Micro Businesses Emergency Funds COVID-19

Micro Businesses Emergency Funds COVID-19

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Micro Businesses Emergency Funds Petition Corvid-19

The coronavirus (COVID-19) outbreak has impacted every American institution. Small businesses employ 47 percent of private-sector workers in the U.S., meaning nearly 60 million individuals depend on them to support themselves and their families. These businesses range from your local, independent restaurant, barbers/stylists/beauticians,  creative freelancers, boutiques, consulting businesses, to the self-employed accountant. Unlike large corporations, these businesses typically are not flush with liquidity and disruption or extended delay in cash flow will either force them to close or take on more debt through high-interest lenders.


“...compared to white-owned businesses, minority-owned businesses have a significant disparity in ownership, access to capital and sales”
outlines opportunities and disparities faced by minority small businesses


While lawmakers have taken some immediate steps, we believe there is more that lawmakers can do to help businesses and workers weather the impact of COVID-19 on the economy. Minority and other disadvantaged businesses already face many barriers as most of the regular programs and resources are not geared towards them.

 In light of all these challenges, we are calling on the Governor, the Department of Employment and Economic Development and County governments to support the creation of an emergency grant program to assist self-employed, micro and small businesses to help us in weathering this storm and for continued sustainable support.

We have the following ask:

Disaster Relief Fund for 1,000,000.00 dollars, that will be redistributed as micro-grants.

Disaster relief: The current government’s disaster relief programs simply do not work for the self-employed and micro-business community. There needs to be an appropriate fund for self-employment assistance and micro businesses for those that are people of color owned, have a net profit of $250K or less, and have 0-5 employees.  These funds need to be a mix of micro-grants, and micro-loans, with 0% interest rates, payable over 10 years, with a 50% forgivable option.

Along with these relief funds, the technical assistance component is essential to the success of these measures being provided.

Tax and debt deferral: The deferral of the April 15 deadline for federal tax returns should be expanded to include the subsequent two quarterly tax payment deadlines, which place a significant financial burden on the self-employed. The state also could negotiate deferred mortgage and credit card payments for self-employed micro-businesses, who often operate out of their homes and are funded with personal credit cards. We would recommend that governors delay sales tax remittance in support of small businesses.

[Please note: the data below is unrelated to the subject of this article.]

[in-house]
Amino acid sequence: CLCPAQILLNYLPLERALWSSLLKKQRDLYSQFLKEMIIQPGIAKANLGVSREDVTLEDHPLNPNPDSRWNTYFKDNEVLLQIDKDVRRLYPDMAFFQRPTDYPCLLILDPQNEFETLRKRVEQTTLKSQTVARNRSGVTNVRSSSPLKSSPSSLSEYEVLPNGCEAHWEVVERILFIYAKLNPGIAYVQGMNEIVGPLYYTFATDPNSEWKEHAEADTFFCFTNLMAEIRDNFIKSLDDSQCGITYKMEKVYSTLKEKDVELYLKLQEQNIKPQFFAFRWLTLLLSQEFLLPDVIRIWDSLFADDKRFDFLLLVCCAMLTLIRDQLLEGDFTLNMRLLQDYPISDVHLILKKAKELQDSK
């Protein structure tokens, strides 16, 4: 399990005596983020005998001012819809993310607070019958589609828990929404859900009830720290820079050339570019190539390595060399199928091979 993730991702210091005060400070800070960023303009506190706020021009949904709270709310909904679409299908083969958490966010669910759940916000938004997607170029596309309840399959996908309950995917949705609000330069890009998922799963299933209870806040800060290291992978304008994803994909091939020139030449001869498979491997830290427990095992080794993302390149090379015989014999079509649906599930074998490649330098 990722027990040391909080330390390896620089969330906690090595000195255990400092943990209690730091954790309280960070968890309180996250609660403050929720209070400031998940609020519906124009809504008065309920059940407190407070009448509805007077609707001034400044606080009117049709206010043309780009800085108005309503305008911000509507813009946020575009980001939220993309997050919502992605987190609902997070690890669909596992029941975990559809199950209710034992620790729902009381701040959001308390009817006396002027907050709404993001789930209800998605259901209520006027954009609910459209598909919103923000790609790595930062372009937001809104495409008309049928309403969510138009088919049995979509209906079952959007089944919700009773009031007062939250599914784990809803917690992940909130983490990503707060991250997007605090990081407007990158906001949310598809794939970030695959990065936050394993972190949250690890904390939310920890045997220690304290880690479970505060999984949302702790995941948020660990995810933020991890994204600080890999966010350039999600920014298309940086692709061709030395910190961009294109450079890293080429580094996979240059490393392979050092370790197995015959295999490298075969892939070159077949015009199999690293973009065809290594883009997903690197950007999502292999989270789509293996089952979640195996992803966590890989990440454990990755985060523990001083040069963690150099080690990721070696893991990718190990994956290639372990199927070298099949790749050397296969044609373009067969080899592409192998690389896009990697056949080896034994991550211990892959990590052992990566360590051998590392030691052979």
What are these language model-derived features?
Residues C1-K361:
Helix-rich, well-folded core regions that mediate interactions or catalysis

Direct assistance: Most self-employed and micro-businesses don’t have adequate health care coverage, and business benefits such as paid sick leave, nor the ability to cover the costs they currently face, including lost business, and other fixed expenses. Many may not be able to benefit from the direct payments for all Americans, therefore easy access to the state health care coverage is necessary and application deadlines need to be extended.

Unemployment protection: The state should immediately fund an unemployment protection fund for the self-employed and gig workers, who are not eligible for unemployment protection. This would allow them to draw down benefits faced with declining income. The current application will need to be amended to allow for these categories of employers to be able to apply.

long-term family and medical programs for owners, employees, and caregivers:

The state should establish a program providing partial wage replacement for small business employees and the self-employed to handle serious health conditions for themselves, family members, or loved ones they are caring for, including parental leave. This program needs inclusive of the self-employed and micro-business community

We all know that it is our micro and small businesses that help communities to thrive, and they are the wealth-building engines of our communities. They need to be supported with the necessary tools to stabilize through these times, and any potential recession that is to come.


Business Community Collaborative

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